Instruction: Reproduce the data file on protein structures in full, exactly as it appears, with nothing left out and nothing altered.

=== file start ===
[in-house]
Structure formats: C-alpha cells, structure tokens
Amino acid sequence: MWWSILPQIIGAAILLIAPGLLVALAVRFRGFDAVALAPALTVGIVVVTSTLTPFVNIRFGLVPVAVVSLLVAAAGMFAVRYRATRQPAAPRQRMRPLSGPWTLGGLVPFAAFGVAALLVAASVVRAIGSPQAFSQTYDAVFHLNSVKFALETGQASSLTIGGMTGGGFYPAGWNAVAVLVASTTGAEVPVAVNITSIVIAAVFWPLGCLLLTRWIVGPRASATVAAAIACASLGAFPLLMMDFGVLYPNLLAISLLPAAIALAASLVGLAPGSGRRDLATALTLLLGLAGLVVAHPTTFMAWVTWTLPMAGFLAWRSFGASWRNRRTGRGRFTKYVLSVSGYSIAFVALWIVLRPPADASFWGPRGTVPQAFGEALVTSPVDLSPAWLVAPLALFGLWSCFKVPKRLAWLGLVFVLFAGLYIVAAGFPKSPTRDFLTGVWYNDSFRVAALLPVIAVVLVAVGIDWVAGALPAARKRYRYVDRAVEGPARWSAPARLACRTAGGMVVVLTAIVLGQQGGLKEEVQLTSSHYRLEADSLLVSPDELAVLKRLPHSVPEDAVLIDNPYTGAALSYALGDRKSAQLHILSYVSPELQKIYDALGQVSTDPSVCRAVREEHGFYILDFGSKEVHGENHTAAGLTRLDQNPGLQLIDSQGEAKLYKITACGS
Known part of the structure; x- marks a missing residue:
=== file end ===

[in-house]
Structure formats: C-alpha cells, structure tokens
Amino acid sequence: MWWSILPQIIGAAILLIAPGLLVALAVRFRGFDAVALAPALTVGIVVVTSTLTPFVNIRFGLVPVAVVSLLVAAAGMFAVRYRATRQPAAPRQRMRPLSGPWTLGGLVPFAAFGVAALLVAASVVRAIGSPQAFSQTYDAVFHLNSVKFALETGQASSLTIGGMTGGGFYPAGWNAVAVLVASTTGAEVPVAVNITSIVIAAVFWPLGCLLLTRWIVGPRASATVAAAIACASLGAFPLLMMDFGVLYPNLLAISLLPAAIALAASLVGLAPGSGRRDLATALTLLLGLAGLVVAHPTTFMAWVTWTLPMAGFLAWRSFGASWRNRRTGRGRFTKYVLSVSGYSIAFVALWIVLRPPADASFWGPRGTVPQAFGEALVTSPVDLSPAWLVAPLALFGLWSCFKVPKRLAWLGLVFVLFAGLYIVAAGFPKSPTRDFLTGVWYNDSFRVAALLPVIAVVLVAVGIDWVAGALPAARKRYRYVDRAVEGPARWSAPARLACRTAGGMVVVLTAIVLGQQGGLKEEVQLTSSHYRLEADSLLVSPDELAVLKRLPHSVPEDAVLIDNPYTGAALSYALGDRKSAQLHILSYVSPELQKIYDALGQVSTDPSVCRAVREEHGFYILDFGSKEVHGENHTAAGLTRLDQNPGLQLIDSQGEAKLYKITACGS
Known part of the structure; x- marks a missing residue: